is significantly less in these
countries than in the UK.
Colony Flight Activity
Bumblebee colony flight
activity is very different from
that of honey bees. In the early
stages you get one forager
flight every few minutes which
is hardly noticeable. It can be
two months after the nest
is established before flights
become noticed and once
drones are about, their nest
surveillance flights greatly
increase the apparent activity at
a nest.
Nest Surveillance
Flights
These look like an ‘aerial
dance’ with a cloud of bees
close to the nest’s entrance.
This catches the eye, draws
attention to the colony and
can cause public concern. To
an untutored eye, it looks like
honey bee colony flight, but
honey bees wouldn’t generally
choose a bird box (it’s too small)
and the bees look too big. The
behaviour, known technically as
nest surveillance, is a matingpreparation characteristic of
B. hypnorum. The bees are
drones which are noticeably
furry and have white tails – take
a photo and have a look.
This activity happens mainly in
May/June, can occur over most
daylight hours and may last
several weeks. There might be
one bee doing it, or 20+. Warm
temperatures and sunshine
increase the number of bees;
cool damp weather, or rain,
reduces numbers. Activity stops
at dusk and starts a bit after
dawn. Bees also join/leave the
cloud as they move from nest to
nest: they are probably following
a ‘patrol route’.
If you look at slow-motion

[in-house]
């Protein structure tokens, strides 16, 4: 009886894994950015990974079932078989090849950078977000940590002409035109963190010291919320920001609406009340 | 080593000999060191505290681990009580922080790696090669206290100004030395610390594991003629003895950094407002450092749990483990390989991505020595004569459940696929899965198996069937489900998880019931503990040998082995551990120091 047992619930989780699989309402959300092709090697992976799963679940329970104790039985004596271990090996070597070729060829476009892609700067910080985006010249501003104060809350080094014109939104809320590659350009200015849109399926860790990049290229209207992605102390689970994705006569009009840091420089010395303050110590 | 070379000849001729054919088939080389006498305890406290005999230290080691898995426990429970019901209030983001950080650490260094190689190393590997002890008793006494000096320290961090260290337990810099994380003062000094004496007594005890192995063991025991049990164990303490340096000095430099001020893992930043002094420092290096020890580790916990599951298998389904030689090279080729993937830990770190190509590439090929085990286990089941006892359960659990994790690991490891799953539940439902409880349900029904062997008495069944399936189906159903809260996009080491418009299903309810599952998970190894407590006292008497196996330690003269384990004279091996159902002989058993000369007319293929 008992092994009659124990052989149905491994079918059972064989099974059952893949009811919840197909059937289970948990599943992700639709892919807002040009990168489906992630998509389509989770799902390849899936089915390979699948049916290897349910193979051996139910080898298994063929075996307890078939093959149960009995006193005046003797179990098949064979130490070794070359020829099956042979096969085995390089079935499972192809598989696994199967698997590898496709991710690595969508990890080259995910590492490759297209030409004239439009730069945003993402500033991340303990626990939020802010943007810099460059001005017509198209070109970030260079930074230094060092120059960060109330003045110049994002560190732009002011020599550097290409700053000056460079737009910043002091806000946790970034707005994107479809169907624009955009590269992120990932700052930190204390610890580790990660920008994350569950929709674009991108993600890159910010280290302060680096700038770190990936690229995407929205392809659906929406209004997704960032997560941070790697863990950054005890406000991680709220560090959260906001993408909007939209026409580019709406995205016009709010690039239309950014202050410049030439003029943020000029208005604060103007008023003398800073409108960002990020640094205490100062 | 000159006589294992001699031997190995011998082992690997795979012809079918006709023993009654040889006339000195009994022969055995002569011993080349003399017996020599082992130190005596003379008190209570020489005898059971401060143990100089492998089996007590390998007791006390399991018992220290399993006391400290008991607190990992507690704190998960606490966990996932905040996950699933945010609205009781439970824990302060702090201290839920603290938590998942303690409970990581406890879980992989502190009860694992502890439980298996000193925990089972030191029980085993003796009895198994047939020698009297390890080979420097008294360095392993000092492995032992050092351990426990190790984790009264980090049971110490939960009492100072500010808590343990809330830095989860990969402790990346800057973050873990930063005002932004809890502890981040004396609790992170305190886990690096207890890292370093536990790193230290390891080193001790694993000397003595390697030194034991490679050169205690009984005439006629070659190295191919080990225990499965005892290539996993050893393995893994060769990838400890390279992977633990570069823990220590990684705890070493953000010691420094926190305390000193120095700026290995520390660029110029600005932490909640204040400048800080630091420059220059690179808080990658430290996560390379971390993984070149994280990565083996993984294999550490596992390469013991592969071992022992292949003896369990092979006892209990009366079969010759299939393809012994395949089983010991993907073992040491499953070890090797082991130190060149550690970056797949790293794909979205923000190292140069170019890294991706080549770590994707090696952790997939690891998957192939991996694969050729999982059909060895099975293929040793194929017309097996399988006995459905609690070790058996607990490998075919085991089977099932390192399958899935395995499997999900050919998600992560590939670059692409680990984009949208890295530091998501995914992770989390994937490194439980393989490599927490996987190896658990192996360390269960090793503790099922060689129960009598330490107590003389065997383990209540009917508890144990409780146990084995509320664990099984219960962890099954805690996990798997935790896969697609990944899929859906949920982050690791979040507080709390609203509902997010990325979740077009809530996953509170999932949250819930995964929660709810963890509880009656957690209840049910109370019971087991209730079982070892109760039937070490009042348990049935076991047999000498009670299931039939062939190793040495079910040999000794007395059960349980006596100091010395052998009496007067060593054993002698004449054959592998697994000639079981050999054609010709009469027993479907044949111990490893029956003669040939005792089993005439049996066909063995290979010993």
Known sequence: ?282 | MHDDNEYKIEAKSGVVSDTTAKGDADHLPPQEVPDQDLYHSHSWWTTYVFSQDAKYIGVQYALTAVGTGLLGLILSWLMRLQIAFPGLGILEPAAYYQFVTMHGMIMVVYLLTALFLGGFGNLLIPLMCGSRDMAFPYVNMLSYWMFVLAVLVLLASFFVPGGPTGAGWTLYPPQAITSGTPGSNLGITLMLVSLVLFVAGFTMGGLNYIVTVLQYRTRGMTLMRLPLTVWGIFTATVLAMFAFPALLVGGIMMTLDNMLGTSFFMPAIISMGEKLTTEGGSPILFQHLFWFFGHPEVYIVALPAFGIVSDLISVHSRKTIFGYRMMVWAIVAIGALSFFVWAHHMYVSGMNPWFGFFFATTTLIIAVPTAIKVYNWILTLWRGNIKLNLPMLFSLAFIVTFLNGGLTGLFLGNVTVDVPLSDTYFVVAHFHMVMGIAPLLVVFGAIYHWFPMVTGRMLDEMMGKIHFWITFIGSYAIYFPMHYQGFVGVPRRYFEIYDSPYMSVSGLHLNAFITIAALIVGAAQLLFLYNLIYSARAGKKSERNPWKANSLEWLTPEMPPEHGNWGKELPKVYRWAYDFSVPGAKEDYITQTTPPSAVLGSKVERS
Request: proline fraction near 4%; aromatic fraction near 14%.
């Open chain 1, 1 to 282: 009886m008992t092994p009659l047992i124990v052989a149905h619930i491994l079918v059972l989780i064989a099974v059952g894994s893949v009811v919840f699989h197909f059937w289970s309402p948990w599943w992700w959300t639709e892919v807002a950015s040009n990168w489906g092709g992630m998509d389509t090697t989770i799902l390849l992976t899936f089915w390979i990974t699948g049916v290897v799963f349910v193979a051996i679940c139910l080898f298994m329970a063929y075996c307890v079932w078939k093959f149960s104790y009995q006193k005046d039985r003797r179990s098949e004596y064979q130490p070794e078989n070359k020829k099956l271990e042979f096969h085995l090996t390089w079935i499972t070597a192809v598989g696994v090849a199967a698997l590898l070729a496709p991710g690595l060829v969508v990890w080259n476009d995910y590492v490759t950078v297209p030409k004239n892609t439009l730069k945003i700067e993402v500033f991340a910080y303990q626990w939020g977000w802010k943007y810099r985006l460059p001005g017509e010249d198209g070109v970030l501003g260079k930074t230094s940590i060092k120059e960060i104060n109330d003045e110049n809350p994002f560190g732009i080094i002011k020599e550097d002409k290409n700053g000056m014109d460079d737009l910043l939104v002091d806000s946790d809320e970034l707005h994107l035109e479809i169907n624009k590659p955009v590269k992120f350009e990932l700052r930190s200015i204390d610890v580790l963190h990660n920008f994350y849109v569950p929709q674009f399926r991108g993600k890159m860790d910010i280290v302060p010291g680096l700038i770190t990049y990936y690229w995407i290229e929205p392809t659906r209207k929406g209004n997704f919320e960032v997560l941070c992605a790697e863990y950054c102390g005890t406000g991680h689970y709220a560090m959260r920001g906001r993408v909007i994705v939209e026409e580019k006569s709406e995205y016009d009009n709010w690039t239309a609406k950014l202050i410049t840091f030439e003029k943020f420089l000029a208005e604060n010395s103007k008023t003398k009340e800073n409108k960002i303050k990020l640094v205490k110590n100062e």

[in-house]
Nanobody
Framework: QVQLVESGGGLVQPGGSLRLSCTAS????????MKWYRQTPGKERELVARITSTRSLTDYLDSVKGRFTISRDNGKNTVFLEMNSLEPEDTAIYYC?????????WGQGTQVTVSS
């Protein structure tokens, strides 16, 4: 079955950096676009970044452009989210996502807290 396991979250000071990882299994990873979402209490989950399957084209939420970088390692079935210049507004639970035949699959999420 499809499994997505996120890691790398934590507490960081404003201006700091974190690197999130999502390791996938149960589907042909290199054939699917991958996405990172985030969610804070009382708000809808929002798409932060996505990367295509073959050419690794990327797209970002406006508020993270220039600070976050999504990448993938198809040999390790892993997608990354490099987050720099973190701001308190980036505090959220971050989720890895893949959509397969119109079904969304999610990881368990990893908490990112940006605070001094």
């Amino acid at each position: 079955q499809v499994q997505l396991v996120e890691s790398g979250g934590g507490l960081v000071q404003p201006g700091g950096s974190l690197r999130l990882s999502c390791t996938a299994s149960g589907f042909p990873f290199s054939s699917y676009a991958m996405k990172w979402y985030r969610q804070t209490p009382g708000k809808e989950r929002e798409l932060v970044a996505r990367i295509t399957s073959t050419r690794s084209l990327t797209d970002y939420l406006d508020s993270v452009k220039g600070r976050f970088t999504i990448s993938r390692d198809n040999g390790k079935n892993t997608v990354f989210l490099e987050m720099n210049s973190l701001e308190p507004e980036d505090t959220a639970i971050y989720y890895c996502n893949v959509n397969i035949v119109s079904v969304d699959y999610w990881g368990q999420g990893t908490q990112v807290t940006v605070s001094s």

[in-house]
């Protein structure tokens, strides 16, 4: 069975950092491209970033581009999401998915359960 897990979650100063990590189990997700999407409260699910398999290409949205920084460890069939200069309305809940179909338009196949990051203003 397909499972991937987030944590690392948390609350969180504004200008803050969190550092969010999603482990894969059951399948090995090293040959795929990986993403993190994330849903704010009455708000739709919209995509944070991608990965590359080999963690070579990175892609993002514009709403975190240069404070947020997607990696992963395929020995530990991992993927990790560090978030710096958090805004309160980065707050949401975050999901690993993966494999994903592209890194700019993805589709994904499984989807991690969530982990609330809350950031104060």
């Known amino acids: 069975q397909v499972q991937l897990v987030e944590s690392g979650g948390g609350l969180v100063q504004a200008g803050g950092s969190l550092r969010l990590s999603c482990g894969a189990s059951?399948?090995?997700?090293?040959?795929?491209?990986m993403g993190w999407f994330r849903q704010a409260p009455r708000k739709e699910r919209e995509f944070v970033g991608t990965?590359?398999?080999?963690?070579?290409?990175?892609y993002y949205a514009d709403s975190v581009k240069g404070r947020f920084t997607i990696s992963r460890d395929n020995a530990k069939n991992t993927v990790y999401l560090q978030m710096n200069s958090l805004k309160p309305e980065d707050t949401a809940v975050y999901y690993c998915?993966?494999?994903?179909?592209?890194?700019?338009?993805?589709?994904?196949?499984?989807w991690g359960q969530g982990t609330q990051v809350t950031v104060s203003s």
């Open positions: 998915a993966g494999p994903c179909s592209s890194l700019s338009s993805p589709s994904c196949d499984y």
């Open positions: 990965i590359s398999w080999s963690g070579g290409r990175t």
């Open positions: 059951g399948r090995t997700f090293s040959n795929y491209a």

film of the activity, the drones
are facing towards the nest.
When such ‘dancing’ is going
on, a few bees fly directly to/
from the colony straight through
the cloud. These are workers
which are usually smaller than
the drones. Occasionally drones
dart towards each other and fall
out of the air with an audible
bang – erroneous mating
activity! Finally, if the colony
has produced virgin queens,
when these fly, drones attempt
to mate. It looks like fighting.
Paired bees fall to the ground,
where they can remain coupled
for a considerable time.
Defensive Behaviour
Defensive behaviour is seen if
the nest is knocked or vibrated
and the colony is strong enough
to defend itself. The bees react
strongly to the vibration and can
sting people nearby. Examples
May 2013 Vol 95 No 5
Bombus hypnorum : 19
A drone cloud at a nest box
are opening a shed door, or
tasks where knocks and bangs
vibrate the structure, such as
carpentry or plant potting work.
In bad cases, the bees can boil
out of the nest which is highly
intimidating, especially if you
hadn’t realised the colony was
there!
Beekeeper Help
Discussing and solving issues
with B. hypnorum can get you
‘brownie points’ and grateful
financial donations for your
Beekeepers’ Association. If
your association is a Registered
Charity, try to get donations Gift
Aided. This is how I approach
such situations:
• Bees boiling out, particularly
if someone has been stung
– take the nest away (see
below)
• Drone clouds – educate the
caller to enjoy the spectacle
and feel honoured to be a
Bee Landlord. Unless they
fiddle with the nest, they
should be perfectly safe.
Moving Colonies in a
Nest Box